Replacing a furnace is a big decision. A lot of consideration should go into the decision as to what furnace you install in your home, as you want to make sure you really do have the perfect one. Does it have the features you want (or need)? Does it offer flexibility to work with your home’s already present HVAC system? Does it work with the utility lines or fuel sources you have available? Does it match your efficiency goals? And, perhaps most importantly, is it in your price range?
If all of this sounds like a lot and you aren’t sure where to begin, then this blog is for you. Here are five things to carefully consider when replacing your furnace, as well as some tips to sort through each of them.
The first decision and arguably the most important is what type of furnace you want for your home. The most common type of furnace system is a gas powered furnace—a heating system that burns natural gas to produce heat that warms your home. However, this is not the only type of heating system available. Electric furnaces use electric heating elements to warm the air. Heat pumps collect atmospheric thermal energy from the air outside, compress it, and then send it inside.
Different types of heating systems have different operating costs, different maintenance requirements, and different purchase prices. This is why it’s best to ask your installation pro for some estimates on a few different systems based on what your home is set up to use.
Next, furnace size is an extremely important consideration. A heater that is too large or too small will not be efficient and could present some even more serious problems. A heater that is too small won’t be able to properly warm your home, and it will seemingly run endlessly until it ultimately dies far faster than expected. A heater that is too large will warm your home too fast, resulting in a behavior known as short-cycling. Short-cycling is when your furnace turns on, runs for a few minutes, turns off again, and then turns on again just a few minutes after that. This constant cycle of frequently powering on and then off wastes a ton of energy and is extremely hard on HVAC equipment. Be sure you talk to your installation rep about your home to get the right furnace size for your needs (it may not be the same size as the one you already have).
Energy efficiency is measured with a metric known as SEER, or Seasonal Energy Efficiency Ratio. The higher a SEER rating, the more energy-efficient a system is compared to others of its class. And while a higher SEER system may sound awesome for your wallet, they aren’t always the best choice. Higher SEER systems carry much higher price tags. Likewise, even a lower-SEER system might be a huge step up in energy efficiency.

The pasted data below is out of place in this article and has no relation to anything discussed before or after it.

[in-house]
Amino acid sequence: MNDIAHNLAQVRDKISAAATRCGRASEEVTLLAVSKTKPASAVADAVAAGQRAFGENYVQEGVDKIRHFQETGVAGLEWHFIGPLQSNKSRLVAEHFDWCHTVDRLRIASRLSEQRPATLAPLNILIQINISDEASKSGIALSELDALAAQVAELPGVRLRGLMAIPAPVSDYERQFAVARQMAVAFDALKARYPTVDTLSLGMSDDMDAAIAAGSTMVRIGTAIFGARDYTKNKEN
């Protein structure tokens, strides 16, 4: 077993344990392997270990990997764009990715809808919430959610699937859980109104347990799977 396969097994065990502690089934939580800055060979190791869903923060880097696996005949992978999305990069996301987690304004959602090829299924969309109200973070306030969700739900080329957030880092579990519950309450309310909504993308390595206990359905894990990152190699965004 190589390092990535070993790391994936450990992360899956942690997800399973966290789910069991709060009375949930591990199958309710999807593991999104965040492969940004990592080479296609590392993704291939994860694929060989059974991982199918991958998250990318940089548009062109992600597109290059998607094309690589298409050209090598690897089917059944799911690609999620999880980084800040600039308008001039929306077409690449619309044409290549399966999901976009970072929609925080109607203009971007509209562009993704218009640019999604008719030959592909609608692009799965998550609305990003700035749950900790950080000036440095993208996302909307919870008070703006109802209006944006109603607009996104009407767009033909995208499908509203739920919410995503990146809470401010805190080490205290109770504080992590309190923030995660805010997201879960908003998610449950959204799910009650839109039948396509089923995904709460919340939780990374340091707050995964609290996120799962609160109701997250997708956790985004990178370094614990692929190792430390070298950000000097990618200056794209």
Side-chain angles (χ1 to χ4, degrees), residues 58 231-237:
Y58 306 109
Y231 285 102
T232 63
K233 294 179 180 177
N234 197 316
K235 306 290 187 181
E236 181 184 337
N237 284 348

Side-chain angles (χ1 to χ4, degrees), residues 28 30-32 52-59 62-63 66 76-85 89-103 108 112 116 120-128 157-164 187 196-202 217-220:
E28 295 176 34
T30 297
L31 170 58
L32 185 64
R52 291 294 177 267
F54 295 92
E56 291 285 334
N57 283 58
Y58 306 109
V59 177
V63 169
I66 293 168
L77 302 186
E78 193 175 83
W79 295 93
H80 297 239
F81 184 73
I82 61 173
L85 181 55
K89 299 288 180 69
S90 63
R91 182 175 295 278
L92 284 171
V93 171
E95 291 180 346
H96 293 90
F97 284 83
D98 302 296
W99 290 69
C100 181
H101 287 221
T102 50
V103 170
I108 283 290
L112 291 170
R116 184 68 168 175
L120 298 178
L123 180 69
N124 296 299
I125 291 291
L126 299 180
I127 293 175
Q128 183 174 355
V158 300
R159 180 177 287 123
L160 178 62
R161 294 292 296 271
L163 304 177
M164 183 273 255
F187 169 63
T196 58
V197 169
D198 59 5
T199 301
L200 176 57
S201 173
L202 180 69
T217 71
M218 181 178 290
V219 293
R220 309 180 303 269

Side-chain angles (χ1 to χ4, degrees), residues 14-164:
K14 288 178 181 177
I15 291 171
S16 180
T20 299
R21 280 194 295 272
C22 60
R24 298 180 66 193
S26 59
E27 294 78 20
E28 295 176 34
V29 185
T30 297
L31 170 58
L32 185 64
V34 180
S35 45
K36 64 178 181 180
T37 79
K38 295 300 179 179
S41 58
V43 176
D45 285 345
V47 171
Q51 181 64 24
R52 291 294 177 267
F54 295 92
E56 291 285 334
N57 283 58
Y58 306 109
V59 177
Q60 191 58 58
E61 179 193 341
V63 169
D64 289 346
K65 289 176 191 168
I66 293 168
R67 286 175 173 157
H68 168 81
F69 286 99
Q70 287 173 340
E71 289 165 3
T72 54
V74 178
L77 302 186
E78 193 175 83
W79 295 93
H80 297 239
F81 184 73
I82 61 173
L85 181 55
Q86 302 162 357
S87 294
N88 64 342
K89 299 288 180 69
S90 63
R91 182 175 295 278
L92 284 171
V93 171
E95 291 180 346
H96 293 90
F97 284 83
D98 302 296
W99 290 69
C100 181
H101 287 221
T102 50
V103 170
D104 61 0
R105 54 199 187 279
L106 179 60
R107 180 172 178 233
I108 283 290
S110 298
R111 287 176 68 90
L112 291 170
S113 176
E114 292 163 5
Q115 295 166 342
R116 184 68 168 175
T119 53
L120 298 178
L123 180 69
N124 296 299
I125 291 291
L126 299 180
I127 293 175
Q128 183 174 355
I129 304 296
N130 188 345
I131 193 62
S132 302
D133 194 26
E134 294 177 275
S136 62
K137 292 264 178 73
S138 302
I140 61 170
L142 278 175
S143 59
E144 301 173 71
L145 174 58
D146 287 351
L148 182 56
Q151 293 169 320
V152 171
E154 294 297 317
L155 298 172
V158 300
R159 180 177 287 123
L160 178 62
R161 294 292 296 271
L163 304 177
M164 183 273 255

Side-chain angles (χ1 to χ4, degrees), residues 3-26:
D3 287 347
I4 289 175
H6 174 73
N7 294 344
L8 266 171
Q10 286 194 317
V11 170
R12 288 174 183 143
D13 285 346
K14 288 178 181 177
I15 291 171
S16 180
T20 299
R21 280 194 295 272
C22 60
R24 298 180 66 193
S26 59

If your current system runs at a 12 SEER or below, upgrading to even just a 14 SEER will be a pretty sizeable jump in energy efficiency, resulting in some significant financial savings. Jumping to a 16 or 18 SEER will be an even bigger jump.
Different furnace models have different capabilities and features. Some furnaces have the ability to heat at different rates, thanks to what is known as a two-stage blower. Using the slower blower speed allows you to save energy while also injecting your home with heat for a more even temperature curve. Some furnaces have the ability to self-diagnose when they have an issue and report that to you through your home’s automation system (such as Amazon Alexa or Google Home). Still others have the ability to heat different areas of your home at different rates for precisely set temperatures, an ability known as zoning. If you are interested in these or any other features or abilities, talk to your heating installation pro. They can match you with a system that meets these needs while also adhering to the specifications that your home needs.
Finally, furnace cost is something that you need to carefully consider. When you need to replace your furnace, it is crucial to know how much you can afford to spend, either in terms of upfront cost or monthly payment. When you have a number in mind, talk to your installation pro about it and let them know. A good installer will take your budget into consideration when helping you select your new furnace, ensuring you don’t put yourself in a financially difficult situation.
If you are like many others, you may not have the money to outright pay for a new furnace up front. Our friendly financing services offer terms like flexible payment dates, low interest, no interest, and so many other options.Learn more about our great financing opportunities by calling Bay Heating & Air Conditioning at (440) 294-4954 today!